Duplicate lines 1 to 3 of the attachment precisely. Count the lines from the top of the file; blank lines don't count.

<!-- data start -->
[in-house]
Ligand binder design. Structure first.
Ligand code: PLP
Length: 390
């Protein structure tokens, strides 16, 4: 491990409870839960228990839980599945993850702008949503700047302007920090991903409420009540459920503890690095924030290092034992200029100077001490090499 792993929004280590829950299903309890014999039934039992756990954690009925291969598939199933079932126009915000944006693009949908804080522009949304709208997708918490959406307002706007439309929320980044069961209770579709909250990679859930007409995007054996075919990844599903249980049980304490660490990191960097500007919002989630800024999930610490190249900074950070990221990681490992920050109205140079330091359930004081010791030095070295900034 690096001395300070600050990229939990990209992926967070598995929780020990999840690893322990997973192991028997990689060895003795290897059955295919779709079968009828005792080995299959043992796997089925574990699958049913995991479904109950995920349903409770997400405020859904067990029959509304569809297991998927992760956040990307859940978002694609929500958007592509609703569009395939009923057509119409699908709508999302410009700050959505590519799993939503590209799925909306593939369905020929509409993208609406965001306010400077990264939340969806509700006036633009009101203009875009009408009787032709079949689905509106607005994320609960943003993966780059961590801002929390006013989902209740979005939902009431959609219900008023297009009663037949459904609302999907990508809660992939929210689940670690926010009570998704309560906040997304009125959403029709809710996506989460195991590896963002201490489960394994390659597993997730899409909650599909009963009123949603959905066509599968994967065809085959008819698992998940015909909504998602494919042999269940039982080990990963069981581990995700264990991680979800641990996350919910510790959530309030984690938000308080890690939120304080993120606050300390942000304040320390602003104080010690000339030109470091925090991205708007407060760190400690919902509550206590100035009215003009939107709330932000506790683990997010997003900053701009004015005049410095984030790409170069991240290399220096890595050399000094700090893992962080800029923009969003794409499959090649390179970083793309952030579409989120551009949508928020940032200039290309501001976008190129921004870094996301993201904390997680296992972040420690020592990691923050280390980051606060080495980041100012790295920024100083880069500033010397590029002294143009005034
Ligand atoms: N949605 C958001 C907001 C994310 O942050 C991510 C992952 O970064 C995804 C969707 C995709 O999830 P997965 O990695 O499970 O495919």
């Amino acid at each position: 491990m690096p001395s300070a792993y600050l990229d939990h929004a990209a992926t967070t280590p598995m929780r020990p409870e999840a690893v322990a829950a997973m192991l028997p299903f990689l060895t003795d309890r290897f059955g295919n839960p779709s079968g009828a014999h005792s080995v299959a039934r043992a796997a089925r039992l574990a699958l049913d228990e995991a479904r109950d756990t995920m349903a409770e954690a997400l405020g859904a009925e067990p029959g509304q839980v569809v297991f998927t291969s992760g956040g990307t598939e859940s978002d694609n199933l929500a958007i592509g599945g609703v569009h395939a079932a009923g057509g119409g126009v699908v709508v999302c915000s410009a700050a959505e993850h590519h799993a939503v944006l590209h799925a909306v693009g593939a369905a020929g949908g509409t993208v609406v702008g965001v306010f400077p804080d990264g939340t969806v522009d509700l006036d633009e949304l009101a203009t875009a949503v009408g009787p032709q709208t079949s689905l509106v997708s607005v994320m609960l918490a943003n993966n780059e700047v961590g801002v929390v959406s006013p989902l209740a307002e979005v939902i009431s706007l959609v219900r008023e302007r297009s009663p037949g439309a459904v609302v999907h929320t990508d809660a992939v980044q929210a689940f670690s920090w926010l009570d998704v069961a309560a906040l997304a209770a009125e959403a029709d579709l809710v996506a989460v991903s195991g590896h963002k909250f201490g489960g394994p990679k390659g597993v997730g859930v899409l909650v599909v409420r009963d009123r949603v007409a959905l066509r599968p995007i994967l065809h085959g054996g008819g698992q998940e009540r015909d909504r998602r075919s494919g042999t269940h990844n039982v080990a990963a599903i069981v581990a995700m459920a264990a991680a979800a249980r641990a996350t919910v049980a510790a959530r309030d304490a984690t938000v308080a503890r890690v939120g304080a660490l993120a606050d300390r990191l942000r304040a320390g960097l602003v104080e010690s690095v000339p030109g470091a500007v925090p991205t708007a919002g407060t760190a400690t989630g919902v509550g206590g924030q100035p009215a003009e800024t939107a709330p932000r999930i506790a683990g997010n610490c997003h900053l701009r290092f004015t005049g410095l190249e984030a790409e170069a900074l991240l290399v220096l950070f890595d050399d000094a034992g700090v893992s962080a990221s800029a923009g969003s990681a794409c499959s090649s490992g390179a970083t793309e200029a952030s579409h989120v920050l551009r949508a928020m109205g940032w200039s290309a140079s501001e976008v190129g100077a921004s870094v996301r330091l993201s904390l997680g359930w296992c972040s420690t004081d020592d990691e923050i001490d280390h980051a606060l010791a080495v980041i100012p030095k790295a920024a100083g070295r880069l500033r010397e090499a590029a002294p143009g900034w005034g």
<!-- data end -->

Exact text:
[in-house]
Ligand binder design. Structure first.
Ligand code: PLP